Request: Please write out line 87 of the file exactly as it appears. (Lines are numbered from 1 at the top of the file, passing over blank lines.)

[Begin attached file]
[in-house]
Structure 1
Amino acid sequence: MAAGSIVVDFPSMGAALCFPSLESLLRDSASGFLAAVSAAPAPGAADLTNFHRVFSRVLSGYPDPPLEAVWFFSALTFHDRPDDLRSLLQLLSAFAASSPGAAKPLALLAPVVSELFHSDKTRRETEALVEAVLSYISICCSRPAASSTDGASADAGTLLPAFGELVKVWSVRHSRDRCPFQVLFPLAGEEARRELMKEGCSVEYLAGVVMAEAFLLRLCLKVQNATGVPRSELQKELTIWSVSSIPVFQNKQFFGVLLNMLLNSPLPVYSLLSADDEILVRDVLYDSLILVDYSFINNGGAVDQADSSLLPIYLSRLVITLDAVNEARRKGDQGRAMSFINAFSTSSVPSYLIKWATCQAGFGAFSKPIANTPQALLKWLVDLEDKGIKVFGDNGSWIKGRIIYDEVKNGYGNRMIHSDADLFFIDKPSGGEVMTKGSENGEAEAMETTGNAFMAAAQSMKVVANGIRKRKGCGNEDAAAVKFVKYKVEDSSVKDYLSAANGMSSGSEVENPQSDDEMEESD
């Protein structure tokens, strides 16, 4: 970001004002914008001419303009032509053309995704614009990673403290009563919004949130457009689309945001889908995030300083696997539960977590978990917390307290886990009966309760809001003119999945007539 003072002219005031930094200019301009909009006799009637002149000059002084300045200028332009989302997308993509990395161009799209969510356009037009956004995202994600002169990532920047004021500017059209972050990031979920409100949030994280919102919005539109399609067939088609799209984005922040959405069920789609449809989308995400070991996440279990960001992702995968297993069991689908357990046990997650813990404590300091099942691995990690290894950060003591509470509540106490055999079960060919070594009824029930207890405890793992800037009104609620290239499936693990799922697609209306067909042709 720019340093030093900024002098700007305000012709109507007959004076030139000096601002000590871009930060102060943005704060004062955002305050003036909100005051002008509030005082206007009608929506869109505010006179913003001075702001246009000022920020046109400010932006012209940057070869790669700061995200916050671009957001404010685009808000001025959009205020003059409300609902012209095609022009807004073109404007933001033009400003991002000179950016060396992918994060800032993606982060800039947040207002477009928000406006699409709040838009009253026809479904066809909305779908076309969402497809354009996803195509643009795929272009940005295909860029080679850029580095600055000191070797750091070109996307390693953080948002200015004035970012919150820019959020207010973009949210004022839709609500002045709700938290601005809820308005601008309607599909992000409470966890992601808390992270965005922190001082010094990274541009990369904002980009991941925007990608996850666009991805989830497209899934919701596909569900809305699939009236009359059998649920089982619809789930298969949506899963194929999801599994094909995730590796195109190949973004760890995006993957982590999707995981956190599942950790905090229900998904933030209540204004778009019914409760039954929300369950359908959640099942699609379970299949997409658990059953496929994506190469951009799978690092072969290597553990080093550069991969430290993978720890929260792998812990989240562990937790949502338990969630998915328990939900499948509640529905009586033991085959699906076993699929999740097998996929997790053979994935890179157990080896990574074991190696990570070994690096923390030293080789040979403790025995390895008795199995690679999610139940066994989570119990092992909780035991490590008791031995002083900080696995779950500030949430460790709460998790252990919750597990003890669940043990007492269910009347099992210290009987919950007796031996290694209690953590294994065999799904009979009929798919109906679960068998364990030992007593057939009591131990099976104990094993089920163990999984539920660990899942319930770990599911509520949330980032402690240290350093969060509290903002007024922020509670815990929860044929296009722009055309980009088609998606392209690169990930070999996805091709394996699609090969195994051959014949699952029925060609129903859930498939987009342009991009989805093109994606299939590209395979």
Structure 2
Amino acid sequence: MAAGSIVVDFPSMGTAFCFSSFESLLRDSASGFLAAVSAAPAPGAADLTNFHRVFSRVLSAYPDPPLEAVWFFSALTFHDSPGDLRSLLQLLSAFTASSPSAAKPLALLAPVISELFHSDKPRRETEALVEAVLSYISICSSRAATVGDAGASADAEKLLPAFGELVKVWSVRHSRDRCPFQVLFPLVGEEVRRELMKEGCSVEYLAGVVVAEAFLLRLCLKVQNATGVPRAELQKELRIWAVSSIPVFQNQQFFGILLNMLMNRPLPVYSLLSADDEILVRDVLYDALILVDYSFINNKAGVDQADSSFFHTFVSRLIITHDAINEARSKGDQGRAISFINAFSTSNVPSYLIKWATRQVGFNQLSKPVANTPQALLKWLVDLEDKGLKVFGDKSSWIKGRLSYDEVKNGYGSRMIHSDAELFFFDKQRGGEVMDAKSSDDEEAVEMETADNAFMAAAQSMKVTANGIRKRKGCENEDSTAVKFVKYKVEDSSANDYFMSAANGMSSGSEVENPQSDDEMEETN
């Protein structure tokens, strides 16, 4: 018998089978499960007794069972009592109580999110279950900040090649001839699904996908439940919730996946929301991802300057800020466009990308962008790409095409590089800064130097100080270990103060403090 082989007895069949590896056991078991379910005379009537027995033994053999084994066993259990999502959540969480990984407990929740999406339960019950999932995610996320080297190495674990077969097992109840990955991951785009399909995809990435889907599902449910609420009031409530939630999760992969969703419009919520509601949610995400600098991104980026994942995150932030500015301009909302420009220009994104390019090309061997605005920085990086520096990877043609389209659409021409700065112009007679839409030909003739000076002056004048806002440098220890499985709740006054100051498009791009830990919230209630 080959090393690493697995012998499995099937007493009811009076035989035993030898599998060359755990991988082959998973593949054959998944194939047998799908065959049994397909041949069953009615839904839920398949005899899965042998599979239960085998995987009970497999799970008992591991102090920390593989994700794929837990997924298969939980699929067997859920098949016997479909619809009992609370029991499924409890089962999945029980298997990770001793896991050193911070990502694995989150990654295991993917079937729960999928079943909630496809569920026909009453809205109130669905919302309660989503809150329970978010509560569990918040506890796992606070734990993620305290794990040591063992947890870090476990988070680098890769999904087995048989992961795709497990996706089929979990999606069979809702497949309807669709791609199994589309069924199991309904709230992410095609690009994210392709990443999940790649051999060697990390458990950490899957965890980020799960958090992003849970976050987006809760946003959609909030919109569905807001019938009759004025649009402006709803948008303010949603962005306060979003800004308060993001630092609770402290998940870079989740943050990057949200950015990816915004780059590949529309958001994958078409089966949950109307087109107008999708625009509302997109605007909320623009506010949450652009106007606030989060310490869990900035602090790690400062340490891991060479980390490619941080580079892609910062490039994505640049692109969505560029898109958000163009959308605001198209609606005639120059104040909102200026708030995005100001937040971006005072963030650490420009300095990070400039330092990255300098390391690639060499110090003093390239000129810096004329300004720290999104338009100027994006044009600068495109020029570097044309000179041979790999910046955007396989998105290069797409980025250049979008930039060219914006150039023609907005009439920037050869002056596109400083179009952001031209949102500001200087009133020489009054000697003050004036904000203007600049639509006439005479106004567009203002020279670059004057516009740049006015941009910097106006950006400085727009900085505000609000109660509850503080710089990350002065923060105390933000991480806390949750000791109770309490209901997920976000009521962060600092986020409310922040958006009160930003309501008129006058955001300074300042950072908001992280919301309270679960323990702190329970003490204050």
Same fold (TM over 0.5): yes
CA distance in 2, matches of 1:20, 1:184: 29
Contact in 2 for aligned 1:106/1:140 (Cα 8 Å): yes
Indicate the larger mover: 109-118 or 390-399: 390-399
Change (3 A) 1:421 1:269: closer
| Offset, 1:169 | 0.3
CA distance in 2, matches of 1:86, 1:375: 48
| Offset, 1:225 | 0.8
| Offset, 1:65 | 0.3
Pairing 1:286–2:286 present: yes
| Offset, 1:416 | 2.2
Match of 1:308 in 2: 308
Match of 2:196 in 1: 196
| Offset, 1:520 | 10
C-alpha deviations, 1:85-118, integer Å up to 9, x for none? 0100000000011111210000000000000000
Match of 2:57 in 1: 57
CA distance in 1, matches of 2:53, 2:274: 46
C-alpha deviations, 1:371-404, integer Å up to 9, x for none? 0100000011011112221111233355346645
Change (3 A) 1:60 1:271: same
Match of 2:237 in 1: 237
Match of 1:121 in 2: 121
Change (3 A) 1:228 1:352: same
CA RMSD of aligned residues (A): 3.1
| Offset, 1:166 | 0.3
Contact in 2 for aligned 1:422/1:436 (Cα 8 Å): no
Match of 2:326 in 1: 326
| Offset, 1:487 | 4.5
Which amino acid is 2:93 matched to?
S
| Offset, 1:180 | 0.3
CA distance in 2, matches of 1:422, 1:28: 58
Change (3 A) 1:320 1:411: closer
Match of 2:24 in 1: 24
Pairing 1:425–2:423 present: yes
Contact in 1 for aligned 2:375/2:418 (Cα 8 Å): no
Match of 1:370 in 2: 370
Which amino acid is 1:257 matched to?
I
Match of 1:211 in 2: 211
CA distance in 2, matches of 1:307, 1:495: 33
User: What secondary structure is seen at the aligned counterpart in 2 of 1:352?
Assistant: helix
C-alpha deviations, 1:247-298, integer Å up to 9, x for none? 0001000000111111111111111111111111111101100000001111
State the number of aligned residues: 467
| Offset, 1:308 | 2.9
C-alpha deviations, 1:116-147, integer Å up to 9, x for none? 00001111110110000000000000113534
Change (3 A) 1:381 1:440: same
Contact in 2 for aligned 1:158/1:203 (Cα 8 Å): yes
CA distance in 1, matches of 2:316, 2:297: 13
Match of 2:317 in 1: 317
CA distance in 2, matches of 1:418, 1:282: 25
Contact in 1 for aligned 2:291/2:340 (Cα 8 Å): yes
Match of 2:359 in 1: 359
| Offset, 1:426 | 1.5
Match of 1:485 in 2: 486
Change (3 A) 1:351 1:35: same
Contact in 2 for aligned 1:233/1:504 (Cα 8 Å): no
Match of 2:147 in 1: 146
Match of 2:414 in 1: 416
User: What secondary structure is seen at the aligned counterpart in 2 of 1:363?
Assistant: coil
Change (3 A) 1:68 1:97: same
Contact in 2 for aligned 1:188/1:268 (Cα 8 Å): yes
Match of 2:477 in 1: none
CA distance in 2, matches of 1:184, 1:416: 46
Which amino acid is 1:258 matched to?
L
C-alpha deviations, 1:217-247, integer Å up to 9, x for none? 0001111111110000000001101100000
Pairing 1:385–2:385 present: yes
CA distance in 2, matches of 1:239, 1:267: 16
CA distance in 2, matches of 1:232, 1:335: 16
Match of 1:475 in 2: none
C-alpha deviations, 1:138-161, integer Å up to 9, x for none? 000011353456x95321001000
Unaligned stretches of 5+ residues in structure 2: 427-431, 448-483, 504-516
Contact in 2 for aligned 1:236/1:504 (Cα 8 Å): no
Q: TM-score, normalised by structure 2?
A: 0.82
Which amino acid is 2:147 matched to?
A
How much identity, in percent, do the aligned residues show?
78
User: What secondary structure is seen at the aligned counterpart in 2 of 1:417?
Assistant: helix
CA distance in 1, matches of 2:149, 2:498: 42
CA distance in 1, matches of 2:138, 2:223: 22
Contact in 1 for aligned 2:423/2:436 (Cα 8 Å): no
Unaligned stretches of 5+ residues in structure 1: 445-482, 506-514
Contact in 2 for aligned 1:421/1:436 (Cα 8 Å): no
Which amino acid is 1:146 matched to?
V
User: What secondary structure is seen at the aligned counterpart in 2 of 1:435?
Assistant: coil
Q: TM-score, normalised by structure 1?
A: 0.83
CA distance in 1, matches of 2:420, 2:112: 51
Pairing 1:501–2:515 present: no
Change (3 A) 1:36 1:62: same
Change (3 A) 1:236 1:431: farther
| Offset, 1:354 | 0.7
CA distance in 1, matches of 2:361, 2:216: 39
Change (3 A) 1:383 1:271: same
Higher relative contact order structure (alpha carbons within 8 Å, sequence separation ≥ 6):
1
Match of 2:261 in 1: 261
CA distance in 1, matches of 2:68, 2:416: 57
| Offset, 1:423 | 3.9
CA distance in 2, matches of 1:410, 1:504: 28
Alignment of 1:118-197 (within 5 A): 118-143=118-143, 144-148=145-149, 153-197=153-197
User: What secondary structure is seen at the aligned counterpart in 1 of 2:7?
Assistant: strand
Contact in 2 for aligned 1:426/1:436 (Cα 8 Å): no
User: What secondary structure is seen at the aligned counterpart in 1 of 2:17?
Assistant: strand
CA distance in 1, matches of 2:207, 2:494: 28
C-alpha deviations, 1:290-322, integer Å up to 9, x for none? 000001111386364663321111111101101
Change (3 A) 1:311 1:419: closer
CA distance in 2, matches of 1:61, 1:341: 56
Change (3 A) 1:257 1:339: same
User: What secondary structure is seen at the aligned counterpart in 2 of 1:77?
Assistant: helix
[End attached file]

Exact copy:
How much identity, in percent, do the aligned residues show?